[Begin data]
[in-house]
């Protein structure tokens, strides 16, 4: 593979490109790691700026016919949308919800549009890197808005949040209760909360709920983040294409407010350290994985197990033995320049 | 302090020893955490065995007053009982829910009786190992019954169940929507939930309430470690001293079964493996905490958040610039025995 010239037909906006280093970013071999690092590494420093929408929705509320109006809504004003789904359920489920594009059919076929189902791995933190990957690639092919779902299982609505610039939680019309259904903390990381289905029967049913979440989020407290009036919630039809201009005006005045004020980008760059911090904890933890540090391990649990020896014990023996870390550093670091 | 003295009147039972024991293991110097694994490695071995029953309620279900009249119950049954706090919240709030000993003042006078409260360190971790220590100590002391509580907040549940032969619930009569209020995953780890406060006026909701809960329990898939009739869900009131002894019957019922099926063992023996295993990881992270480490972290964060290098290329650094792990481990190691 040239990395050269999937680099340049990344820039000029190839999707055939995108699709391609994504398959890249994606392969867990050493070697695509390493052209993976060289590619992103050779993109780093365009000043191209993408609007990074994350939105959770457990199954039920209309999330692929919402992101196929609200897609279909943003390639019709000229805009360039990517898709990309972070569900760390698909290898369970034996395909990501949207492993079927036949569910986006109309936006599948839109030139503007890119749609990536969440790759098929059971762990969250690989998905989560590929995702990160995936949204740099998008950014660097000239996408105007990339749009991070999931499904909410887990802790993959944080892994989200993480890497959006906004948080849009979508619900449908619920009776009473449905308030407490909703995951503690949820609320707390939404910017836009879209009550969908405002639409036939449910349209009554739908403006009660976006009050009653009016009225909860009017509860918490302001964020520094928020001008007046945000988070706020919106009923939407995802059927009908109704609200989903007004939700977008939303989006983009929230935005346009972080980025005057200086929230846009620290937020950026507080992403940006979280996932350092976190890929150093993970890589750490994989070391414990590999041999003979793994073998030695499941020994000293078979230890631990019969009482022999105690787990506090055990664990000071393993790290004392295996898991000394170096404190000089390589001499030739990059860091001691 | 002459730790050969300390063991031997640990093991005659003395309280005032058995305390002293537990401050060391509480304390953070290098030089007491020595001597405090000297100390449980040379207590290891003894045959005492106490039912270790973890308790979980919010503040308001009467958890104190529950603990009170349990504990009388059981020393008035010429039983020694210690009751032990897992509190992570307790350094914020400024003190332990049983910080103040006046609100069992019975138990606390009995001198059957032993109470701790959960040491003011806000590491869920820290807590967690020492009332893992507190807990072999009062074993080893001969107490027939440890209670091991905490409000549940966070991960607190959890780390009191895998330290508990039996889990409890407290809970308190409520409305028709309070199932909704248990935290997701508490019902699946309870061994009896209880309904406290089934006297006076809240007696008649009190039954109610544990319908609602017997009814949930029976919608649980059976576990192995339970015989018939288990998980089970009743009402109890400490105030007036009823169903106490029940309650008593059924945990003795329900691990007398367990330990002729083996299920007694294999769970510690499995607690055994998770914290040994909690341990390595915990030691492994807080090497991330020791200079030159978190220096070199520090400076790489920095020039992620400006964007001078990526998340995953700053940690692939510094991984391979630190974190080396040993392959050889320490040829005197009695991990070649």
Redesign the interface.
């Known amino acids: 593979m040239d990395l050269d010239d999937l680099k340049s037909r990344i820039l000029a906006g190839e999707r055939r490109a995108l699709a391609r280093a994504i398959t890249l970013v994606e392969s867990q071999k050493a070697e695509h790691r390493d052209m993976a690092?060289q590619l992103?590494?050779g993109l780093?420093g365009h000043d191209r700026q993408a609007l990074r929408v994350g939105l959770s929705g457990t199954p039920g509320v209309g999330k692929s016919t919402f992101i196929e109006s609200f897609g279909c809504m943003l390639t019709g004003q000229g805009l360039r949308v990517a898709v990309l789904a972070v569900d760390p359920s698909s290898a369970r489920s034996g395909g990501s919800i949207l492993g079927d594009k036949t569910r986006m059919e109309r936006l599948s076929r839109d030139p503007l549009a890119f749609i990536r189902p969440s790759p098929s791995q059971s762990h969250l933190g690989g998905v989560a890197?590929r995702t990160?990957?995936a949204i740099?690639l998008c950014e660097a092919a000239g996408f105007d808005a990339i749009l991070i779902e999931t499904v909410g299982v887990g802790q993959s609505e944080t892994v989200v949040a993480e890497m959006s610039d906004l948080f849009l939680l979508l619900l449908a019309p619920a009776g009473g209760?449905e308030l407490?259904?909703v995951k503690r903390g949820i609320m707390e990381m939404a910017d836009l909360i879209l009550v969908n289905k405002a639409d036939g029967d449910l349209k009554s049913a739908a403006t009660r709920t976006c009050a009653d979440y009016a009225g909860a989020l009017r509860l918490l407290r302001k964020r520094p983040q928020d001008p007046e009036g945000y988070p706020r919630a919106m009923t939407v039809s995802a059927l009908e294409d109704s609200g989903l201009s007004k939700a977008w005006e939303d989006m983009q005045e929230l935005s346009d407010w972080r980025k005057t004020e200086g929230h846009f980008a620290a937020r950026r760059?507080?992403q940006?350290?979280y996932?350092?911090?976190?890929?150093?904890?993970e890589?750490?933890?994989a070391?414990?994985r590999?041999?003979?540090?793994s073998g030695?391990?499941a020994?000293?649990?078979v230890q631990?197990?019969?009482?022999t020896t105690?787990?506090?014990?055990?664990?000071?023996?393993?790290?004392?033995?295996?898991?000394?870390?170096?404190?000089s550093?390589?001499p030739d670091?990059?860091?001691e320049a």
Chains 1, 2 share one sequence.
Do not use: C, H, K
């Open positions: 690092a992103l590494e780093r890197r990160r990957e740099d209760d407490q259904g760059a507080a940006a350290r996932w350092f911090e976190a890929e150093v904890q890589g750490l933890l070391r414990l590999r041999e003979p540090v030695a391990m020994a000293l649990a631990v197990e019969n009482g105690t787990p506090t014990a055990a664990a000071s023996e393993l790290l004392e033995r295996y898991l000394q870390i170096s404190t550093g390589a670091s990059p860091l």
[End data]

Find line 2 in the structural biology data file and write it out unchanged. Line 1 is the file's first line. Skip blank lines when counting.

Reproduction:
């Protein structure tokens, strides 16, 4: 593979490109790691700026016919949308919800549009890197808005949040209760909360709920983040294409407010350290994985197990033995320049 | 302090020893955490065995007053009982829910009786190992019954169940929507939930309430470690001293079964493996905490958040610039025995 010239037909906006280093970013071999690092590494420093929408929705509320109006809504004003789904359920489920594009059919076929189902791995933190990957690639092919779902299982609505610039939680019309259904903390990381289905029967049913979440989020407290009036919630039809201009005006005045004020980008760059911090904890933890540090391990649990020896014990023996870390550093670091 | 003295009147039972024991293991110097694994490695071995029953309620279900009249119950049954706090919240709030000993003042006078409260360190971790220590100590002391509580907040549940032969619930009569209020995953780890406060006026909701809960329990898939009739869900009131002894019957019922099926063992023996295993990881992270480490972290964060290098290329650094792990481990190691 040239990395050269999937680099340049990344820039000029190839999707055939995108699709391609994504398959890249994606392969867990050493070697695509390493052209993976060289590619992103050779993109780093365009000043191209993408609007990074994350939105959770457990199954039920209309999330692929919402992101196929609200897609279909943003390639019709000229805009360039990517898709990309972070569900760390698909290898369970034996395909990501949207492993079927036949569910986006109309936006599948839109030139503007890119749609990536969440790759098929059971762990969250690989998905989560590929995702990160995936949204740099998008950014660097000239996408105007990339749009991070999931499904909410887990802790993959944080892994989200993480890497959006906004948080849009979508619900449908619920009776009473449905308030407490909703995951503690949820609320707390939404910017836009879209009550969908405002639409036939449910349209009554739908403006009660976006009050009653009016009225909860009017509860918490302001964020520094928020001008007046945000988070706020919106009923939407995802059927009908109704609200989903007004939700977008939303989006983009929230935005346009972080980025005057200086929230846009620290937020950026507080992403940006979280996932350092976190890929150093993970890589750490994989070391414990590999041999003979793994073998030695499941020994000293078979230890631990019969009482022999105690787990506090055990664990000071393993790290004392295996898991000394170096404190000089390589001499030739990059860091001691 | 002459730790050969300390063991031997640990093991005659003395309280005032058995305390002293537990401050060391509480304390953070290098030089007491020595001597405090000297100390449980040379207590290891003894045959005492106490039912270790973890308790979980919010503040308001009467958890104190529950603990009170349990504990009388059981020393008035010429039983020694210690009751032990897992509190992570307790350094914020400024003190332990049983910080103040006046609100069992019975138990606390009995001198059957032993109470701790959960040491003011806000590491869920820290807590967690020492009332893992507190807990072999009062074993080893001969107490027939440890209670091991905490409000549940966070991960607190959890780390009191895998330290508990039996889990409890407290809970308190409520409305028709309070199932909704248990935290997701508490019902699946309870061994009896209880309904406290089934006297006076809240007696008649009190039954109610544990319908609602017997009814949930029976919608649980059976576990192995339970015989018939288990998980089970009743009402109890400490105030007036009823169903106490029940309650008593059924945990003795329900691990007398367990330990002729083996299920007694294999769970510690499995607690055994998770914290040994909690341990390595915990030691492994807080090497991330020791200079030159978190220096070199520090400076790489920095020039992620400006964007001078990526998340995953700053940690692939510094991984391979630190974190080396040993392959050889320490040829005197009695991990070649």